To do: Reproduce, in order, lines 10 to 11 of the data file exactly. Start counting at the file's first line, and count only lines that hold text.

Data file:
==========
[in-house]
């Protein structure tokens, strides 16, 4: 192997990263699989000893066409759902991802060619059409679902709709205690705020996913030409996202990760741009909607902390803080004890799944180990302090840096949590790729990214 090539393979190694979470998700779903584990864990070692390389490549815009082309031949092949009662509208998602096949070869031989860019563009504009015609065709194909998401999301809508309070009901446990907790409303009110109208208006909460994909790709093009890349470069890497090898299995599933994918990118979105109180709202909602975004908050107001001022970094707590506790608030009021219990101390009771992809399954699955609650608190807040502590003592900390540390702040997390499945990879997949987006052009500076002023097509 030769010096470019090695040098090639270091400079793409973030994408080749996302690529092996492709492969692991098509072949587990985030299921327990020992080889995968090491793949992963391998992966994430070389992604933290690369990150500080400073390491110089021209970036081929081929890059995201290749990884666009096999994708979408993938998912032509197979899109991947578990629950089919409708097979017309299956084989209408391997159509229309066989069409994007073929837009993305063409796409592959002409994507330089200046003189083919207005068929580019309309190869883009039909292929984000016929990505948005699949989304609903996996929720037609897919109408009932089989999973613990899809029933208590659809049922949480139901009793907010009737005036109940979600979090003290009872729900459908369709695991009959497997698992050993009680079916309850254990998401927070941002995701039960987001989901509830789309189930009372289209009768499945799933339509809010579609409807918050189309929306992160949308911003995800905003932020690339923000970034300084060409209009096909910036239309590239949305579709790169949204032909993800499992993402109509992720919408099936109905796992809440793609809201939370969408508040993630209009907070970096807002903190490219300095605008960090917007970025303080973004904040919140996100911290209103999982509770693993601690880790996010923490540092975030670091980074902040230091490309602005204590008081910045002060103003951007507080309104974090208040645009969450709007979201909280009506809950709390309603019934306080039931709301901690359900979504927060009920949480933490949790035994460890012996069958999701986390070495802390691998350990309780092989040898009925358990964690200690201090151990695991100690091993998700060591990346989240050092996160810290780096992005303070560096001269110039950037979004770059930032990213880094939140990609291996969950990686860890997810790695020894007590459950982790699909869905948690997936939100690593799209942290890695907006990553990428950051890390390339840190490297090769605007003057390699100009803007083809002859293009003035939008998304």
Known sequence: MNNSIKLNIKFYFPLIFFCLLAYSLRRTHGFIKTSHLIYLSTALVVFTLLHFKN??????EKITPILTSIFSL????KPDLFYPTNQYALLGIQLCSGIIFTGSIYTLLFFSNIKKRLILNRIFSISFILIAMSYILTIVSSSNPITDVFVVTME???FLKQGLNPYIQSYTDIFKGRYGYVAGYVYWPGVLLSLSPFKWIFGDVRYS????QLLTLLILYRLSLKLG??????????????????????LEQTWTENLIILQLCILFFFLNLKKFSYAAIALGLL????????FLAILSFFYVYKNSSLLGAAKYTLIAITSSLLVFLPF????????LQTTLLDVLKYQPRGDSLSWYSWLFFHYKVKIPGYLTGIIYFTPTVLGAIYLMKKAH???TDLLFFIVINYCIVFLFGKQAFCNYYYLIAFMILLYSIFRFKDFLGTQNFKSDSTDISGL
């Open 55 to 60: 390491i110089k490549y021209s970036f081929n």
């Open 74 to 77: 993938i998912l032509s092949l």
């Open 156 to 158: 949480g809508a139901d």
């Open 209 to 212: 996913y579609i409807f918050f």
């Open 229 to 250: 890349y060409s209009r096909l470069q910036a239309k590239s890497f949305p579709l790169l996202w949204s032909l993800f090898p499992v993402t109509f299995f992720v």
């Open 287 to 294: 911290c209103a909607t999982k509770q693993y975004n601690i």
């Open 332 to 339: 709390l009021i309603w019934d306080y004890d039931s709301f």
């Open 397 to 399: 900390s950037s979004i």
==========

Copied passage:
């Open 332 to 339: 709390l009021i309603w019934d306080y004890d039931s709301f």
């Open 397 to 399: 900390s950037s979004i």